The South East Coastal Communities Projects

The Sussex projects represent a wide range of activities and innovative approaches to improving the health and wellbeing of local socially disadvantaged and excluded communities through developing university-community partnerships.

If you are interested in finding out more information, please contact

Our Space

Exploring spaces to bring deaf and hard of hearing people together

Convenor: John Walker, University of Sussex

This project undertook research and developed new virtual and physical ‘spaces’ for and with deaf and hard of hearing people. In partnership with the Universities of Brighton and Sussex, the NHS Primary Care Trust, experts in community therapy and deaf service providers and advocates, it promoted a range of preventive solutions towards health.

Follow the link below to the projects and research section of the Deaf Studies website that includes the SECC projects: Deaf Studies Website.

The Sussex Deaf History Website, which was launched in March 2010 as part of the Coastal Communities programme, contains information about the Our Space and various community events: Sussex Deaf History Website.


Activity Buddies

Promoting quality of life for older people together

Convenor: Ann Moore, University of Brighton

The Universities of Brighton and Sussex, together with Age Concern, WRVS, Help the Aged and community forums aimed to tackle the unmet health and wellbeing needs of older people living in deprived areas of Brighton & Hove, Eastbourne and Hastings. It provided an opportunity for students from many different disciplines to ‘buddy’ with older people to engage in activities ranging from fitness and mobility, to foot care, managing medication and developing IT skills.

For more information visit the Activity Buddies Website.


Bouncing Back

Building resilience with disadvantaged children and young people

Convenor: Kim Aumann, Amaze Research and Training, Brighton

Students, academics from the Universities of Brighton and Sussex, practitioners from both the voluntary and statutory sectors and parents developed innovative ways of building resilience to help children ‘bounce back’ when life is particularly tough. Building on ideas of Resilient Therapy™ (RT), they developed and applied new ways of working with disadvantaged children. RT offers a coherent framework for finding the best ways of helping children and families build up their resilience to very difficult circumstances.

For more information visit the Boing Boing website.

Follow the link to view the film about the Resilient Therapy Community of Practice, Hastings


Count Me In Too

Promoting health and well-being with LGBT communities

Convenor: Kath Browne, University of Brighton

Count Me In Too is an award-winning research project where lesbian, gay, bisexual and trans (LGBT) people shared their views and experiences, and worked with service providers and others to gather and present evidence that would promote positive changes for LGBT people. The project research team facilitated the project and was lead by researchers from the Universities of Brighton/Sussex, Spectrum and LGBT research activists.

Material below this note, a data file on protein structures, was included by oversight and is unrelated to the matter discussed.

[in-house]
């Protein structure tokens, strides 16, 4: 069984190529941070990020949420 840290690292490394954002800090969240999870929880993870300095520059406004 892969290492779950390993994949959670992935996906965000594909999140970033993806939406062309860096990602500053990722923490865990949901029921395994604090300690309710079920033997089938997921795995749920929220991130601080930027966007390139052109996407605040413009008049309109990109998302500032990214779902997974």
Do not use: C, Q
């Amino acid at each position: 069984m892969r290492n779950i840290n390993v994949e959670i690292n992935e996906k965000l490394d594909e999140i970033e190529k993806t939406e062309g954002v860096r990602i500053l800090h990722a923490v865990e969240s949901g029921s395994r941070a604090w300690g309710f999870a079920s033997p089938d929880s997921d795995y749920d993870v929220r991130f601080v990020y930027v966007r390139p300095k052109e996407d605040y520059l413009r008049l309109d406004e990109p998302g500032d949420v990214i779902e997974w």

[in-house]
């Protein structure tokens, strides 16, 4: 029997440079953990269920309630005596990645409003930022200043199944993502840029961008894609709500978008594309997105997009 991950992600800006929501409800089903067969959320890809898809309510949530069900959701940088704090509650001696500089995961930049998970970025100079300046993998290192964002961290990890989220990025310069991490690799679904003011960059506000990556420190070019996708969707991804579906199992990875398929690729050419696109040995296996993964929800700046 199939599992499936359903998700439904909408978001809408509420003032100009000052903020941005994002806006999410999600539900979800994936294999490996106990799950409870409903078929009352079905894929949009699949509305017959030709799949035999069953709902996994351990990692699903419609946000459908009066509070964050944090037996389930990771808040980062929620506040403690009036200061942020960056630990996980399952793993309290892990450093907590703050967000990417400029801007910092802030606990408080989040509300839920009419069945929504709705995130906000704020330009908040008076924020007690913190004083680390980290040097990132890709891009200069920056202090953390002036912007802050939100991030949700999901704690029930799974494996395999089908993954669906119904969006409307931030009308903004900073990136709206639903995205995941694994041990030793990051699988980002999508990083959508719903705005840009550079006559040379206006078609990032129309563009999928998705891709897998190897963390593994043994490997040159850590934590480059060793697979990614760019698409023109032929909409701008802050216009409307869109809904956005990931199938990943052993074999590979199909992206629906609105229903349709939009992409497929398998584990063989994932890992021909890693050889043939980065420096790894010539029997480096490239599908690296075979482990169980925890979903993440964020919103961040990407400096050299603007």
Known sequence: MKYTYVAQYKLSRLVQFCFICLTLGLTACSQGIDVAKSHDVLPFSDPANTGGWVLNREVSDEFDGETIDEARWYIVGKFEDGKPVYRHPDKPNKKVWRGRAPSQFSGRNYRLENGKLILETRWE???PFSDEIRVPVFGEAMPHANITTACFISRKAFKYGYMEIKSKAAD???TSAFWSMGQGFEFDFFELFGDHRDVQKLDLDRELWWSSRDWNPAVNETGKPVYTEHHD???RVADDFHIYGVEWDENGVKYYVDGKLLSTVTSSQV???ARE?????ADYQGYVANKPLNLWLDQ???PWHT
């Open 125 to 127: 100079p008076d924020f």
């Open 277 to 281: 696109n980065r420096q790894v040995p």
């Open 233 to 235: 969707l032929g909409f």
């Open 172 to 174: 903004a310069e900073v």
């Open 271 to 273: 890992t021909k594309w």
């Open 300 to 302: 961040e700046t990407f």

For more information visit the CMIT Website.



Convenor: Rod Paton, University of Chichester

What does it feel like to sit in a room with a dozen other people and make music together? What are the health and social benefits of this kind of activity? How can it be facilitated, instantly, with people who may have no previous musical training? How can it also benefit those who do but have never played without notation? In the twentieth century, we are all musical consumers, but very few of us are creators.

The LifeMusic Method employed participatory music to enhance wellbeing, to develop harmonious relationships and to deepen people’s understanding of themselves and each other. No specialist musical training was required to be a participant. The work was based upon improvisation with instant access instruments (mainly percussion and voice) facilitated by trained practitioners.

LifeMusic developed a training programme and delivered a wide range of courses and workshops. In the Spring of 2009, a community-university partnership organisation called Artbeat was launched both as a delivery platform for the projects, a research hub for future developments and a development agency to promote greater understanding of the value of community music.

For more information visit the University of Chichester Website.


Older People as Researchers

Convenor: Heather Clark, University of Chichester

Training Older People As Researchers, led by the University of Chichester, built on a history of research on older people and the local community. Working with community and voluntary organisations to recruit and train older people as peer researchers, the project offered opportunities for older people to access a higher education environment and to provide high quality and relevant research to support the development and commissioning of services that meet the needs of older people. An example of one such project was research into the experiences and feelings of patients before, during and after their discharge from hospital.

For more information visit the University of Chichester Website.


This site is jointly updated by: the University of Sussex, the University of Chichester and the University of Brighton.

Webmaster: Community University Partnership Programme, University of Brighton.